We expect a significant increase in low-density polyethylene (LDPE), ammonia, and urea capacities, which despite the softer commodity prices will likely result in somewhat higher revenue in 2012. We believe the company's profitability will also likely remain very strong relative to peers outside the Middle East, thanks to access to cheap feedstock.
S&P base-case cash flow and capital-structure scenario
The reduction in prospective capital expenditure following the reassessment of the Qatar Steel (QS) phase 2 and 3 projects is likely to result in continued strong cash flow generation and metrics in 2012. Industries Qatar's credit metrics exceeded our guidelines for the rating in 2011, given the very strong pricing environment, and this is likely to be repeated in 2012. Under a mid-cycle pricing scenario, we anticipate that Industries Qatar will likely maintain ratios of funds from operations (FFO) to debt of over 45% and debt to EBITDA below 2.0x (compared with 115% and 0.8x, respectively, for the 12 months ended June 30, 2012), which are consistent with an SACP of 'a-'.
We assess Industries Qatar's liquidity to be "adequate." We estimate a sources-to-uses ratio of at least 1.2x under our mid-cycle pricing scenario. We also view positively the company's close relationship with its majority shareholder QP in our liquidity analysis.
Industries Qatar had the following main liquidity sources on June 30, 2012:
-- Consolidated cash balances of QAR5.8 billion, of which we treat QAR1 billion as tied to operations and thus not available for debt reduction; and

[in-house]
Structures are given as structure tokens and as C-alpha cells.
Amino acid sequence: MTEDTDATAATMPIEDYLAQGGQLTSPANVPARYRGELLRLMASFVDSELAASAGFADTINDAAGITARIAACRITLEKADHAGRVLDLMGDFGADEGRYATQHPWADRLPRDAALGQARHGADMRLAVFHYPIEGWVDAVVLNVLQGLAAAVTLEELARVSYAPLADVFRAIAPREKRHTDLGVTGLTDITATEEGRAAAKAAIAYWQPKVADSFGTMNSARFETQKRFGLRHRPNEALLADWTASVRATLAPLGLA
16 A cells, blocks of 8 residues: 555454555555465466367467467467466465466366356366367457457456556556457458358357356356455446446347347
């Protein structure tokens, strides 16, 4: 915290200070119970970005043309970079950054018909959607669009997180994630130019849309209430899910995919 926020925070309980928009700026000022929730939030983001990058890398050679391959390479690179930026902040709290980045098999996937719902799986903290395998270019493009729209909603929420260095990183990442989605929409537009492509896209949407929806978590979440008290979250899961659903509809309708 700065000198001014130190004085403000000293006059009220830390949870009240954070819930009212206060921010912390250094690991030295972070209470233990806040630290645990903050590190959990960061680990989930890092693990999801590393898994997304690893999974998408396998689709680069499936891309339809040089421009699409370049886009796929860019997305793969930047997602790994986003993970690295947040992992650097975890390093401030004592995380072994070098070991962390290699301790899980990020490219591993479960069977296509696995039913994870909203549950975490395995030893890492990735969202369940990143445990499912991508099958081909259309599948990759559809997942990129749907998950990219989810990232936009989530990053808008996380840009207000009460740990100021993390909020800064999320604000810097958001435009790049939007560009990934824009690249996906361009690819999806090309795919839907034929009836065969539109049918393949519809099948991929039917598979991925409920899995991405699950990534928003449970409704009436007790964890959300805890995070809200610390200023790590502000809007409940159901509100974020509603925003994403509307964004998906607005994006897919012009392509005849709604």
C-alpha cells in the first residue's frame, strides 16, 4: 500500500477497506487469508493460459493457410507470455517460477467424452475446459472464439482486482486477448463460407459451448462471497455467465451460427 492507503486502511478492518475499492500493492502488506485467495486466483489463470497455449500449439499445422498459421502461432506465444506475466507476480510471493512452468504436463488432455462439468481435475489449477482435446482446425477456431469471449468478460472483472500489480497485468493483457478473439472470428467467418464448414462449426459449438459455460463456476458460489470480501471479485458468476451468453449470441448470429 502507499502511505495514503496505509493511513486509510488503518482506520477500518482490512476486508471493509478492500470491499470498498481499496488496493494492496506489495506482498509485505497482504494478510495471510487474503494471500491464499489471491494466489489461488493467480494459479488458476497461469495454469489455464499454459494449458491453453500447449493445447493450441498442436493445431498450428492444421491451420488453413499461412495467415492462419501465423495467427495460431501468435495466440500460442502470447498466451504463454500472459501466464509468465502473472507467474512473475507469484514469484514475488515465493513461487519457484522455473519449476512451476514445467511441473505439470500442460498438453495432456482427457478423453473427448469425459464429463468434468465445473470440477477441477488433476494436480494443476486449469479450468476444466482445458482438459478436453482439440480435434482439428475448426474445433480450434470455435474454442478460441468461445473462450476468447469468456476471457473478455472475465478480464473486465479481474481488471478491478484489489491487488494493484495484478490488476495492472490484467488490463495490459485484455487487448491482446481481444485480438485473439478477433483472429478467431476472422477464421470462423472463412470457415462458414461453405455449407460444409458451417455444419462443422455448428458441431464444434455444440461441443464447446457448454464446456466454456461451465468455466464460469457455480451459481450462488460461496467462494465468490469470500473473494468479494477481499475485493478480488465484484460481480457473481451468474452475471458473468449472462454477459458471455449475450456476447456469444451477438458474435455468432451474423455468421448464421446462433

-- FFO for 2012 that we estimate at more than QAR7.0 billion (for the six months until June 30, 2012, FFO was QAR4.5 billion). Uses of liquidity over the coming 12 months comprise:
-- Short-term debt obligations of QAR1.9 billion on June 30, 2012;
-- Capital expenditures of around QAR2 billion by our estimates;
-- Moderate working capital outflow due to a ramp up in new fertilizer and polymer capacity; and
-- A dividend payment similar to, or higher than, the QAR4.1 billion paid in 2012, by our estimates.
The stable outlook reflects our expectations that our assessment of an "extremely high" likelihood of extraordinary government support to Industries Qatar, if needed, is unlikely to change over the next two years.
However, we could consider downgrading Industries Qatar if we see evidence of a material reduction in the government's shareholding, a weakening of the company's public policy role, or if we were to lower the ratings on the State of Qatar. As a result we could lower our assessment of the likelihood of government extraordinary support to "high" and lower the rating to 'A+'.
Given our assessment of an "extremely high" likelihood of government support, all other things being equal, we would not lower the rating on Industries Qatar unless we lowered our SACP to below 'bb+'. This is unlikely to happen in the near term given the company's current "satisfactory" business risk profile and "modest" financial risk profile. Still, we might envisage revising the SACP in the case of a prolonged and substantial drop in chemical, fertilizer, and steel prices and/or a large increase in gas feedstock prices.
We could raise the rating if we were to revise the SACP at least two notches, to 'a+' from 'a-'.